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By Hannah McFaull, An East Londoner in San Francisco, Feminist, Punk, Political Science Geek
I am a life long Hammer, as are my entire family going back a few generations. My siblings and I shared a season ticket for a while and to me, there’s nothing more beautiful in this world than walking up those steps and seeing Upton Park in all her glory. It is indeed rubbish to be a football fan and live abroad, and before you start, it’s not rubbish being a West Ham fan in general. At least I’m not Spurs.
Living about 6,000 miles away from the Boleyn is one of the harder separations I’ve had to make to live in San Francisco. And it doesn’t matter how many Red Sox games I go to, there is just no replacement for being at home when the season starts.
I remember my first time clearly. We beat Leicester 2-1 on a rare Monday evening. The sun set as the crowd got shoutier, the floodlights giving each player four shadows, an image that I can instantly recall. I got my chunky, grappy 5 year old fingers trapped in the tip-up seats and the pain was incomparable to anything I’d felt before. I loved the noise, I loved the singing, but most of all, I loved the football.
Our routine for games on the rare occasion I am in London, usually consists of coming in on the District Line from Zone 6, like a Pied Piper collecting willing participants with every stop. We have a quick half in a pub by the station and then surrounded by friends and family, head to the ground for about 45 minutes before kick off. The feeling of being part of something bigger, part of a community, is wonderful.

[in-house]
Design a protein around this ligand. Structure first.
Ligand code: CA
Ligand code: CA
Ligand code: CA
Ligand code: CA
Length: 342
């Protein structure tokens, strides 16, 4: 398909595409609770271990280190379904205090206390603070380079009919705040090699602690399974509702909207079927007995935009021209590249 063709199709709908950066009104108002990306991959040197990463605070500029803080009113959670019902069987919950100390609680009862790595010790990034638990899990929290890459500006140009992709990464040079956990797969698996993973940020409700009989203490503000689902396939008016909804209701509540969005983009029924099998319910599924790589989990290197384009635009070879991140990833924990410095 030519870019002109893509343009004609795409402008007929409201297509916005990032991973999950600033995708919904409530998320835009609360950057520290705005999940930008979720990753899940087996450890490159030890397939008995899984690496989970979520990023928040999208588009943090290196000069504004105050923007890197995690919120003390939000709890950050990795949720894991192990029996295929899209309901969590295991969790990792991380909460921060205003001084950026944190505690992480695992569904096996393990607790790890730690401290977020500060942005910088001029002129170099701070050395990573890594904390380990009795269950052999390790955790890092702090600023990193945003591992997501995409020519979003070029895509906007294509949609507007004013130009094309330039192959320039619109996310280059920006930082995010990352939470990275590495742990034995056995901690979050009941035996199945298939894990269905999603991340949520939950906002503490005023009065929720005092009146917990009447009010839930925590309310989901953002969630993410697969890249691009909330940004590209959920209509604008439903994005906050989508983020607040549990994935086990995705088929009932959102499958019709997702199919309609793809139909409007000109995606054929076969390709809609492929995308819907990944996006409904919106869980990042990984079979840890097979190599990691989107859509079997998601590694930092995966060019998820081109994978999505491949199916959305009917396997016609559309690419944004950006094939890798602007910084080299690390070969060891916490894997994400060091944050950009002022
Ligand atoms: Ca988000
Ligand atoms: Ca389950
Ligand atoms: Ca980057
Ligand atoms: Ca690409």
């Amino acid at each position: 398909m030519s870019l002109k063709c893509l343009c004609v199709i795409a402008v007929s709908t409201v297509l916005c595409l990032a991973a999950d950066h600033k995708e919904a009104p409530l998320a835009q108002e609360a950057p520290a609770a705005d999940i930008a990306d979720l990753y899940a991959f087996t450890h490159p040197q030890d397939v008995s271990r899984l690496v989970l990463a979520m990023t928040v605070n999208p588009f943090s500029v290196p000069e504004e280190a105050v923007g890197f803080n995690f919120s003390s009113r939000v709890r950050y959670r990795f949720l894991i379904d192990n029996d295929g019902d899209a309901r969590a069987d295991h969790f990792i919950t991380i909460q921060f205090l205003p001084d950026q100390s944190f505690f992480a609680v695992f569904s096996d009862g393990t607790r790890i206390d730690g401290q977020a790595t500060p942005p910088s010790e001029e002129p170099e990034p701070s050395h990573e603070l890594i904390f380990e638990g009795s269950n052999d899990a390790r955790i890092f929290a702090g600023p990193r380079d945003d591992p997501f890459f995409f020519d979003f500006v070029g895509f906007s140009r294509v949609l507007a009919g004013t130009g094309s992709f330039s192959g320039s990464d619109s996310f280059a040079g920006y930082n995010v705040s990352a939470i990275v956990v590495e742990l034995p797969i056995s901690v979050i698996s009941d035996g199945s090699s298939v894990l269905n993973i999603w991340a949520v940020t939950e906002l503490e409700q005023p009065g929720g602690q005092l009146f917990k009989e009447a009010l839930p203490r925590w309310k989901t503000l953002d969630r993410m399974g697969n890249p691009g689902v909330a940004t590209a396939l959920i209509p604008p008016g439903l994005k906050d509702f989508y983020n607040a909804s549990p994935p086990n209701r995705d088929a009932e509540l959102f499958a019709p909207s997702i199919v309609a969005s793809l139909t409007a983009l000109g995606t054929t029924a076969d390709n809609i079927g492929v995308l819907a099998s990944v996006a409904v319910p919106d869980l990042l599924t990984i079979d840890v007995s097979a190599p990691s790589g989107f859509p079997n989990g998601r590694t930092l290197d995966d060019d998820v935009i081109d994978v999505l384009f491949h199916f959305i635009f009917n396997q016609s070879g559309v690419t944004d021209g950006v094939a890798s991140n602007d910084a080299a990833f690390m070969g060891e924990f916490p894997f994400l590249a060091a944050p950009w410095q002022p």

Now I listen to the games whilst I make breakfast, barely awake and reaching for the (England bought) PG Tips. The eight hour time difference is rough. Worst of all I listen to the games on my own. San Francisco is just stretching and yawning as the whistle blows. East London is a sea of claret and blue, and I’m in my pyjamas and last season’s away shirt, wishing I was there.
There’s a pub here that our mate works at and they open up early enough to go down there and watch it with a cheeky pre-9am pint. Unfortunately our mate lived in North London for a while and has continued his support of Arsenal ever since. Yes, I watch West Ham games surrounded by ex-pat Gooners. In some ways this makes it sadder.
So think of me the next time you go to whatever ground you call home, especially if it’s on Green Street. Because it’s hard being this far from your family and friends, but it’s even harder being this far from your football team.